If Bashir had never done that experiment which caused Data’s programming to activate his ability to dream, how long would of it taken him to dream? It was programming which was meant to activated at a certain point of his own personal growth, so how old would he of been for it to happen naturally?

You could ask, would of it happened at all, but Doctor Soong was clearly so sure of Data’s ability that it would happen. But imagine if the accident didn’t occur, and Data felt tired one day and closed his eyes, for what he only thought was going to be a moment, at the helm of the ship during some routine scouting of planets and he has a really intense dream and it lasts about an hour, and when he comes too Geordi is over him scanning, Deanna holding his hand, Picard is on the comm to Beverly trying to keep it together, Riker is not keeping it together, and Worf has ready torpedoes while growling lightly. 

Then after an hour of Data explaining his dream, in full detail to the entire bridge crew (and Beverly on the comm) the scouting mission carries on, but Picard has yet to stop face palming.  

In today’s digital age it’s easy to forget about paper, but as one paper pusher says, “a paperless society is about as plausible as a paperless bathroom.”

For some paper companies, the Internet has been a godsend. Every time you order something on Amazon, it arrives in a cardboard — that is, paper — package. Other paper companies are retooling to produce high-end stock used in photo books, like those made by Shutterfly and Snapfish. Paper companies are remarkably nimble and resourceful, yet, says Sonoco Paper Mill manager Jonathan Anderson, they still can’t seem to get any respect.

Don’t Write Off Paper Just Yet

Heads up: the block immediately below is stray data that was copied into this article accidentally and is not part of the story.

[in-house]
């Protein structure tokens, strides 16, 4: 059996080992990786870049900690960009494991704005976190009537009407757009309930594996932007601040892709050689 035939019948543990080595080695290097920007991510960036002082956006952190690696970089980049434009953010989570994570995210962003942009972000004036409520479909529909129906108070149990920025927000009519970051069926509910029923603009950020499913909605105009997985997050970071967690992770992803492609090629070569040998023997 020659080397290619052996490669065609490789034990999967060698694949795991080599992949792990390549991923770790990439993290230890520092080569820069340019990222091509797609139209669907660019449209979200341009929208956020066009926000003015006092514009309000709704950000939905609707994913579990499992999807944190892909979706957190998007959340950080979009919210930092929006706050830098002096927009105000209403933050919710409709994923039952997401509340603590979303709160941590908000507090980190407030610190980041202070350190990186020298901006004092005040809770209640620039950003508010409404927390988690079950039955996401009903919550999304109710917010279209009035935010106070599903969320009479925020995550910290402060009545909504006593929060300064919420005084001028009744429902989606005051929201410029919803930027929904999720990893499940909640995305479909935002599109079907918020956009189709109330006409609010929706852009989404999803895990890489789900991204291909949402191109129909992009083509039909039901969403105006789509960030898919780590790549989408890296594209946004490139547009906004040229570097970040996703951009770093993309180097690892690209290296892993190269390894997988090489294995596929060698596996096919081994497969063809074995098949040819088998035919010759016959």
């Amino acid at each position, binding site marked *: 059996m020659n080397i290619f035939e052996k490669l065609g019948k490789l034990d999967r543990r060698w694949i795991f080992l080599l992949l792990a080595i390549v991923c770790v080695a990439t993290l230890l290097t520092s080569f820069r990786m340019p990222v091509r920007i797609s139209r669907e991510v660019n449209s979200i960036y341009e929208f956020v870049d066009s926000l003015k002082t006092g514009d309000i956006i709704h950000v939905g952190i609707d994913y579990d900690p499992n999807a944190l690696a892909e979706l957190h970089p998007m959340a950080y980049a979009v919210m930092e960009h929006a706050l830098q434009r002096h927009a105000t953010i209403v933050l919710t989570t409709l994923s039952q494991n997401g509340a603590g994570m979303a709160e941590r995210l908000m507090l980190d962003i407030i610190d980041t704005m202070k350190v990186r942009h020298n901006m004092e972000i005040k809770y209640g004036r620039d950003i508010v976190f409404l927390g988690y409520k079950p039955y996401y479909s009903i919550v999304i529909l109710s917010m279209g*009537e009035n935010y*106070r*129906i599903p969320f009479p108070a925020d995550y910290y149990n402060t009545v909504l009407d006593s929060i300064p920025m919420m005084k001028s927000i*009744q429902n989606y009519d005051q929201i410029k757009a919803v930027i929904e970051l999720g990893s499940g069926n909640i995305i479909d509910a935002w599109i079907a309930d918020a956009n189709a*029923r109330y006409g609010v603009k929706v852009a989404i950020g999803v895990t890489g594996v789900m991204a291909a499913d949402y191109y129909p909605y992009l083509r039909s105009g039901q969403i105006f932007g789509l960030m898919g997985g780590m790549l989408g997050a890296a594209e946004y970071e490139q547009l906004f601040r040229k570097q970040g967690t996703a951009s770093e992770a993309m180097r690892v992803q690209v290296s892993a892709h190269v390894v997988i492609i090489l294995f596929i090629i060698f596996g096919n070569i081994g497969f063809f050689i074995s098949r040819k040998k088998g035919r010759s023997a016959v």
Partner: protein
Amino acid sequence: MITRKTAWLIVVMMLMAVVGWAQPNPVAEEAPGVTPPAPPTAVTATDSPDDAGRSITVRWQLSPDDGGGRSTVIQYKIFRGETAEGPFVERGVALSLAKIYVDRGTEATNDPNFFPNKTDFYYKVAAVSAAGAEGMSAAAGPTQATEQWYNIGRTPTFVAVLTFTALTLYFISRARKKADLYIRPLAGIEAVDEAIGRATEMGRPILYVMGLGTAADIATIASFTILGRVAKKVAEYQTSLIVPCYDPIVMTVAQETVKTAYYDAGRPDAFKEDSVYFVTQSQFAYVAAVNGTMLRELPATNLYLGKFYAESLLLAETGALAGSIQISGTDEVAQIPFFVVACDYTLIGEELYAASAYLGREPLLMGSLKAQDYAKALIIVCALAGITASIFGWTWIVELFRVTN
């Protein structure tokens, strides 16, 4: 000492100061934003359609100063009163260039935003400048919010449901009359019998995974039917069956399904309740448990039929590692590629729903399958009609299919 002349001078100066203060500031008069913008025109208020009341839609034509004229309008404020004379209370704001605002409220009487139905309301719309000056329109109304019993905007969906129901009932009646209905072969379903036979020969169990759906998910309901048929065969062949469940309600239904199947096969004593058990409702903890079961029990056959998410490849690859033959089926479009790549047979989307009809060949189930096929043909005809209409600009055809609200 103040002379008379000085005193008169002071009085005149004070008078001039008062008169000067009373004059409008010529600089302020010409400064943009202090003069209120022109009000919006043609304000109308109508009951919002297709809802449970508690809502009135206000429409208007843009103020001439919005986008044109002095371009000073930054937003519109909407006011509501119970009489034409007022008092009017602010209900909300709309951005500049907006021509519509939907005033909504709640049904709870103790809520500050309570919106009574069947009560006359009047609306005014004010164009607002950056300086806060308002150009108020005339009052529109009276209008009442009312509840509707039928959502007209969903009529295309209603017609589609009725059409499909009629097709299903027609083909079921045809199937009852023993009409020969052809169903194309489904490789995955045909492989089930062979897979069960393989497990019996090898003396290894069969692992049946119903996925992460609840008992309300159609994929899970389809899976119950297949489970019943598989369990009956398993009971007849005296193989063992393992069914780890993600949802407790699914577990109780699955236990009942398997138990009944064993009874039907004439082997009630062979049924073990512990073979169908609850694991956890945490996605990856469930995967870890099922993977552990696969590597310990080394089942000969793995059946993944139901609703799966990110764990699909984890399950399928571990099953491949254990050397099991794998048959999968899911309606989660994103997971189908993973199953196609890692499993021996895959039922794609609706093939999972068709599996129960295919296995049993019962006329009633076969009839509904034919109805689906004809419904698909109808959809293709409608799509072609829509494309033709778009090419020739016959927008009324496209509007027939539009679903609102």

Chart source: American Forest and Paper Association
Credit: Christopher Groskopf/NPR



Breakthrough using light to transfer data could easily carry 20x more data and can be mass produced

Stanford electrical engineer Jelena Vuckovic wants to make computers faster and more efficient by reinventing how they send data back and forth between chips, where the work is done.

In computers today, data is pushed through wires as a stream of electrons. That takes a lot of power, which helps explain why laptops get so warm.

“Several years ago, my colleague David Miller carefully analyzed power consumption in computers, and the results were striking,” said Vuckovic, referring to electrical engineering Professor David Miller. “Up to 80 percent of the microprocessor power is consumed by sending data over the wires - so called interconnects.”


Ref:  Inverse design and demonstration of a compact and broadband on-chip wavelength demultiplexer.
Nature Photonics (2015) | DOI: 10.1038/nphoton.2015.69

Humans are producing such quantities of data—2.5 quintillion bytes of data daily, to be precise—and on such a steep curve, that 90 percent of all existing data is less than two years old. An overwhelming amount of information, access to which is marked by the same stark inequality that exists between economic classes, demands to be moderated for the public good, and libraries are the institutions that do that.